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Customary International Law
Customary international law is an aspect of international law involving the principle of custom. Along with general principles of law and treaties, custom is considered by the International Court of Justice, jurists, the United Nations, and its member states to be among the primary sources of international law. Many governments accept in principle the existence of customary international law, although there are differing opinions as to what rules are contained in it. In 1950, the International Law Commission listed the following sources as forms of evidence of customary international law: treaties, decisions of national and international courts, national legislation, opinions of national legal advisors, diplomatic correspondence, and practice of international organizations. In 2018, the Commission adopted Conclusions on Identification of Customary International Law with commentaries. The United Nations General Assembly welcomed the Conclusions and encouraged their widest possi ...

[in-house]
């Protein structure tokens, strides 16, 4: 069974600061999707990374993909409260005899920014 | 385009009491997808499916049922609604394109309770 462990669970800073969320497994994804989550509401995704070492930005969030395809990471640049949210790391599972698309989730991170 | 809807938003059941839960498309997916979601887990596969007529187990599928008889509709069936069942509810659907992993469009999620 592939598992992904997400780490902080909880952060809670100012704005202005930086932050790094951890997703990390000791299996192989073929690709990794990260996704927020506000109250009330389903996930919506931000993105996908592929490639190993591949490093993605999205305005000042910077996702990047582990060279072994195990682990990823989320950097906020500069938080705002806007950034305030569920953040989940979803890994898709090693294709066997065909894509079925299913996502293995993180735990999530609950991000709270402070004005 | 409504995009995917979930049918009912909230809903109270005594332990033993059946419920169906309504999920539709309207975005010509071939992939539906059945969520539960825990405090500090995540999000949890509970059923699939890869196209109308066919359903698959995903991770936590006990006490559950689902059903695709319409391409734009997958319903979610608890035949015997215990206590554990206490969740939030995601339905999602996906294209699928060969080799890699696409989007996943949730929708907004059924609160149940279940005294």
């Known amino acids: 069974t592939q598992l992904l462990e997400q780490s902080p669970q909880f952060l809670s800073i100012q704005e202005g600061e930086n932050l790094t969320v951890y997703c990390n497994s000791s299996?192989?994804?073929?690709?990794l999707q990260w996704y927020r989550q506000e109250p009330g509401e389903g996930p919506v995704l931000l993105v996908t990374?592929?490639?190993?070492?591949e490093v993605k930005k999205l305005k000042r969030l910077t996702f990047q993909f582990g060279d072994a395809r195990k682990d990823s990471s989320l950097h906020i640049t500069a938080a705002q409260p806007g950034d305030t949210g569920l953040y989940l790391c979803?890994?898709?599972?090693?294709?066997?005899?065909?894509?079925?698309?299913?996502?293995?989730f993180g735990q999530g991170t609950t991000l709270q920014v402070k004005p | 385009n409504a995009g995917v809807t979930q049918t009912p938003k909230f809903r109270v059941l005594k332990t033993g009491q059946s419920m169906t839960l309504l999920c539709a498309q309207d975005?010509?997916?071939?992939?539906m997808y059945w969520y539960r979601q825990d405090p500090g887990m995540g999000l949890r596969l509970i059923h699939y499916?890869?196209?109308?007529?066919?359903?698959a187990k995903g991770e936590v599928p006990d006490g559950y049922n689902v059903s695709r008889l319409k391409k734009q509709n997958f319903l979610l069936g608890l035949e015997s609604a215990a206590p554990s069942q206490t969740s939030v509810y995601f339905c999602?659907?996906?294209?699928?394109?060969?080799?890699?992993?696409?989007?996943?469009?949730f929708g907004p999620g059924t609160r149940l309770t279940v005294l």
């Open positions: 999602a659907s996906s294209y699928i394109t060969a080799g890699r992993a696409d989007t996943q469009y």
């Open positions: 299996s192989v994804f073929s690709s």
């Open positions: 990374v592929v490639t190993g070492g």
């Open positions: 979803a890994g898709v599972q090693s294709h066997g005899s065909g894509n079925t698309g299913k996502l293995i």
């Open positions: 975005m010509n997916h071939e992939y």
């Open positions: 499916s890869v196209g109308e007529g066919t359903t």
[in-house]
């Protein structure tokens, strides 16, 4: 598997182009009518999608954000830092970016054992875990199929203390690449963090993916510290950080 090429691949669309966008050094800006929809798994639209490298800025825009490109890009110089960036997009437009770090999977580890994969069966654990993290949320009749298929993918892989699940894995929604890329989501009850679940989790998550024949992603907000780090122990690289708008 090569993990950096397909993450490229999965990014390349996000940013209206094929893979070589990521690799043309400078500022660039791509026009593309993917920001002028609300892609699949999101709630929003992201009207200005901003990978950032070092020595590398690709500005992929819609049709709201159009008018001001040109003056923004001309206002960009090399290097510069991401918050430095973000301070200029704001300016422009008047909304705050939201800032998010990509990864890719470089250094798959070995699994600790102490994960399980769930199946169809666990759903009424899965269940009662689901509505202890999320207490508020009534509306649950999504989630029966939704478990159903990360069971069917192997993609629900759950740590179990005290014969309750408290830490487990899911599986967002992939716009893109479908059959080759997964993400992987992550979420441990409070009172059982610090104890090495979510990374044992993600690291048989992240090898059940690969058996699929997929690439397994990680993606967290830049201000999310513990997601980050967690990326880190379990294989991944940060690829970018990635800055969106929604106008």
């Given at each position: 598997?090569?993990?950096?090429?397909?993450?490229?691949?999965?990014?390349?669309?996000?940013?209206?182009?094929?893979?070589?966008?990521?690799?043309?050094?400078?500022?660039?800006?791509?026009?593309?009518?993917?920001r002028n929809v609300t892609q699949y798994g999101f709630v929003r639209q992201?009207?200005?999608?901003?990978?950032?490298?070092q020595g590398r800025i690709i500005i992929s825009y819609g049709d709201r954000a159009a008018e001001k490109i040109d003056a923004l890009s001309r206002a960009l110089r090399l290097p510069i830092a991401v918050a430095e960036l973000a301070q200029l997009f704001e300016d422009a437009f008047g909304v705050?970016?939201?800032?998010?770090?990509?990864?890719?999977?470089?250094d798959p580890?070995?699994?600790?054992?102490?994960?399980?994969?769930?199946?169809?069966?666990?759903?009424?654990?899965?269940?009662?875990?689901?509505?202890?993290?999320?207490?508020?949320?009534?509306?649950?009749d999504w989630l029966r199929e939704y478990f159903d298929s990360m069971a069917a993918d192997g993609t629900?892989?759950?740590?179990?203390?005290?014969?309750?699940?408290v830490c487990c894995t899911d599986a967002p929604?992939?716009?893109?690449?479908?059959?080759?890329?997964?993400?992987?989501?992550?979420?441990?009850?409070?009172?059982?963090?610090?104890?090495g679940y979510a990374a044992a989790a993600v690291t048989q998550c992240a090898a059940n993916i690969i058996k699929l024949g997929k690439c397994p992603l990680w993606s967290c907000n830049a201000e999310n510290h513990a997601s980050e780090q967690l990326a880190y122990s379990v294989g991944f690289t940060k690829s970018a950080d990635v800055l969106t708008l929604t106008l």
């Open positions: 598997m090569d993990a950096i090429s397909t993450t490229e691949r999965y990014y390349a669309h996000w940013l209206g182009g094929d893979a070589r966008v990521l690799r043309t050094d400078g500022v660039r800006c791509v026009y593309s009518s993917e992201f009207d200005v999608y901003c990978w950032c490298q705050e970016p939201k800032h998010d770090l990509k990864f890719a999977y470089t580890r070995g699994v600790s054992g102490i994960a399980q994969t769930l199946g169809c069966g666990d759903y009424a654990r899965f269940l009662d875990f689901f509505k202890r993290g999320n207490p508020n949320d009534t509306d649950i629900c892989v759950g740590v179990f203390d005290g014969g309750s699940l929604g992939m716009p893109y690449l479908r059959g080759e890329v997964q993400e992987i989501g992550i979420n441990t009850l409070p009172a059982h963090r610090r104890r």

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State (polity)
A state is a centralized political organization that imposes and enforces rules over a population within a territory. There is no undisputed definition of a state. One widely used definition comes from the German sociologist Max Weber: a "state" is a polity that maintains a monopoly on the legitimate use of violence, although other definitions are not uncommon.Cudworth et al., 2007: p. 95Salmon, 2008p. 54 Absence of a state does not preclude the existence of a society, such as stateless societies like the Haudenosaunee Confederacy that "do not have either purely or even primarily political institutions or roles". The level of governance of a state, government being considered to form the fundamental apparatus of contemporary states, is used to determine whether it has failed. In a federal union, the term "state" is sometimes used to refer to the federated polities that make up the federation. (Other terms that are used in such federal systems may include “ province� ...